Mental health was assessed in 2014 using the Mental Health Inventory (MHI), a subscale of the Short Form 36 (SF-36) health questionnaire. The MHI is a well-validated and reliable measure of mental health.24 It measures symptoms of depression, anxiety and psychological well-being and has been shown to be psychometrically sound25 and an effective screening tool for mood and anxiety disorders and severe depressive symptomatology.26–29 The MHI includes five items relating to mental health over the previous 4 weeks, each scored using five response categories. Total scores are transformed into a scale with a mean score of 74 (range: 0–100), with higher scores reflecting better mental health. Previous research has suggested a difference of four to five points reflects a minimally important clinical difference in mental health.30 31

Disability acquisition

Information on disability was collected at every wave using a single question defining disability as ‘an impairment, disability or long-term health condition, which restricts everyday activities that had lasted for six months or more’. Disability acquisition was defined as two waves reporting no disability (2011 and 2012), followed immediately by two consecutive waves reporting a disability (2013 and 2014). Two consecutive waves of disability were used to exclude people with transient disability, a definition used in previous studies.32–34 Participants who acquired a disability were compared with those who reported no disability in any of the four waves. Any other patterns of exposure, such as a single wave of disability, were excluded. Eligibility for inclusion required participation and response to the disability question at all four waves.

Mediators

The mediator variables, employment status and income were measured in 2013. Employment was categorised as a binary variable, defined as currently employed vs not employed (unemployed (actively seeking employment) or not in the labour force). Income was measured as a continuous variable describing people’s weekly disposable income (in $A) truncated at the 1st and 99th percentiles.

Baseline covariates

Potential confounders of the association between disability and mental health were included as covariates. This included all baseline variables that were common causes of both the exposure and outcome, assessed using a causal diagram (figure 1). These were measured in 2011, as a measure of people’s circumstances prior to disability acquisition. Demographic characteristics included age, sex and country of birth (Australia; other) and socioeconomic characteristics included parental occupation (high skill; medium skill; low skill or not in the labour force), education (bachelor degree and above; completion of secondary education; did not complete secondary), occupation (high skill; medium skill; low skill; not employed), income (weekly personal disposable income), wealth (tertiles of net wealth), financial hardship (prosperous/very comfortable; reasonably comfortable; just getting along/poor/very poor), housing tenure (outright owner; mortgager; renter), housing unaffordability (defined as households in the lowest 40% of the income distribution with housing costs exceeding 30% of gross income), relationship status (yes; no), children (yes; no), social support (constructed using the average of 10 questions addressing emotional support),35 frequency of socialising with friends or relatives (rated on a 7-point Likert scale ranging from less than once every 3 months to daily), smoking status (never; ex-smoker; current), alcohol consumption (never; rarely; 1–2 days per week; >2 days per week), physical activity (>3 times per week; 1–3 times per week; less than once a week) and body mass index (BMI; kg/m2). Baseline mental health was also included as a covariate in the models.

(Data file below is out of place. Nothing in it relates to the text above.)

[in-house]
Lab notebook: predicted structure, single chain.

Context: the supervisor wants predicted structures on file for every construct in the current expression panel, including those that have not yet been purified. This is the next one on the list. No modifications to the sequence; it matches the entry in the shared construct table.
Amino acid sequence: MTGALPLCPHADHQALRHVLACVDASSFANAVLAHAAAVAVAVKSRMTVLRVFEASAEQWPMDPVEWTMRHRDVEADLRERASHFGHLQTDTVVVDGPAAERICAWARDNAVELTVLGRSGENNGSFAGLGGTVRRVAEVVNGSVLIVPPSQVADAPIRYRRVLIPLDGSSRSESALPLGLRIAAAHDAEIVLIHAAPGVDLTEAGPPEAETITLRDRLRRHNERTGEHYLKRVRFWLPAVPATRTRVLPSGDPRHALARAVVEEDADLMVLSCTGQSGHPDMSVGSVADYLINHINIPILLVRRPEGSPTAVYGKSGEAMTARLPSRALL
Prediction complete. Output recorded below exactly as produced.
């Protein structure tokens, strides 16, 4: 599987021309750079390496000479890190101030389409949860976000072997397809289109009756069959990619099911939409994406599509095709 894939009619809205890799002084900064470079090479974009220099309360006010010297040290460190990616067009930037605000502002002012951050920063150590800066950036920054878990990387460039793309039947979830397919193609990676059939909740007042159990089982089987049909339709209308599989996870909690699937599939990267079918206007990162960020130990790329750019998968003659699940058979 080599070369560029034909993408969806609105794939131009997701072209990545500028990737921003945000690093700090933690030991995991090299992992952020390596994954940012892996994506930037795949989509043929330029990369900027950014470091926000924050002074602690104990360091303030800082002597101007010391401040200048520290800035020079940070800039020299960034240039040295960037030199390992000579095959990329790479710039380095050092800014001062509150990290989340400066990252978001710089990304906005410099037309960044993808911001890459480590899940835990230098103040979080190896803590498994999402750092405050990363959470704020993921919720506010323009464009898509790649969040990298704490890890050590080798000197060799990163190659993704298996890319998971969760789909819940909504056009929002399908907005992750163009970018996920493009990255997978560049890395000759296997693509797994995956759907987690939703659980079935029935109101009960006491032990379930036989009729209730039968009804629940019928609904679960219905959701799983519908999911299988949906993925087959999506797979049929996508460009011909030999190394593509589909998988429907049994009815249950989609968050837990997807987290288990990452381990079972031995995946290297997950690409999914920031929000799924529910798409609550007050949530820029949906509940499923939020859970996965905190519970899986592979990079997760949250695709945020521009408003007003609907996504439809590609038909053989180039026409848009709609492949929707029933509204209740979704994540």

Statistical analysis

Interventional effects estimate average population-level effects on an outcome of shifting the distribution of a mediator in the population to what would be expected if everyone in the population was exposed. The interventional direct effect (IDE) estimates the effect on people’s mental health (Y) of acquiring a disability (A) under a stochastic intervention Embedded Image which shifts the distribution of employment (M1) or income (M2) in the population. It is calculated as the difference between two counterfactuals Embedded Image and Embedded Image, where Embedded Image represents an individual’s mental health had they had a disability (a=1) and the mediator of interest was set to a value randomly drawn from the conditional distribution of values of the mediator among people without disability, given the observed covariates.22

It is defined as:

Embedded Image